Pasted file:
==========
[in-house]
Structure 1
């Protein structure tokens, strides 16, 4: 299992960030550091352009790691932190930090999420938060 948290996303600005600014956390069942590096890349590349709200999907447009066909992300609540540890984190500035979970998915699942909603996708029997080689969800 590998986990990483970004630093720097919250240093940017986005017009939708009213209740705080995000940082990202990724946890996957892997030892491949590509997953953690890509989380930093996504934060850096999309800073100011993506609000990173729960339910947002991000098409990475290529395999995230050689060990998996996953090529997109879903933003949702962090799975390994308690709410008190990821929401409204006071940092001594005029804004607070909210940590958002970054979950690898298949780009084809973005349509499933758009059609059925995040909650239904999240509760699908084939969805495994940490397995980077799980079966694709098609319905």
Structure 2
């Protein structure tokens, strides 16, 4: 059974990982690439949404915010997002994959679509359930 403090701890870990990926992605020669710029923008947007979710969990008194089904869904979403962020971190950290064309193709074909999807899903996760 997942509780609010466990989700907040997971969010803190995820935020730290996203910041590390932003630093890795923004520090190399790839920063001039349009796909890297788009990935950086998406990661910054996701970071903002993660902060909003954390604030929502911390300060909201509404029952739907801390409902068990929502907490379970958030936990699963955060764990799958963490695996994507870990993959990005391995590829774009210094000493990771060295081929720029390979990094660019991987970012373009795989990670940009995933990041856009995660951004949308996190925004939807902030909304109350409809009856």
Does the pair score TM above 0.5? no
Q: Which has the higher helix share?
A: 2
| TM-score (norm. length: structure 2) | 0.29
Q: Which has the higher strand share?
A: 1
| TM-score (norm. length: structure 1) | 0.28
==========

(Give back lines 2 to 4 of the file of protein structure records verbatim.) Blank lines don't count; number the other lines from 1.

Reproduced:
Structure 1
């Protein structure tokens, strides 16, 4: 299992960030550091352009790691932190930090999420938060 948290996303600005600014956390069942590096890349590349709200999907447009066909992300609540540890984190500035979970998915699942909603996708029997080689969800 590998986990990483970004630093720097919250240093940017986005017009939708009213209740705080995000940082990202990724946890996957892997030892491949590509997953953690890509989380930093996504934060850096999309800073100011993506609000990173729960339910947002991000098409990475290529395999995230050689060990998996996953090529997109879903933003949702962090799975390994308690709410008190990821929401409204006071940092001594005029804004607070909210940590958002970054979950690898298949780009084809973005349509499933758009059609059925995040909650239904999240509760699908084939969805495994940490397995980077799980079966694709098609319905």
Structure 2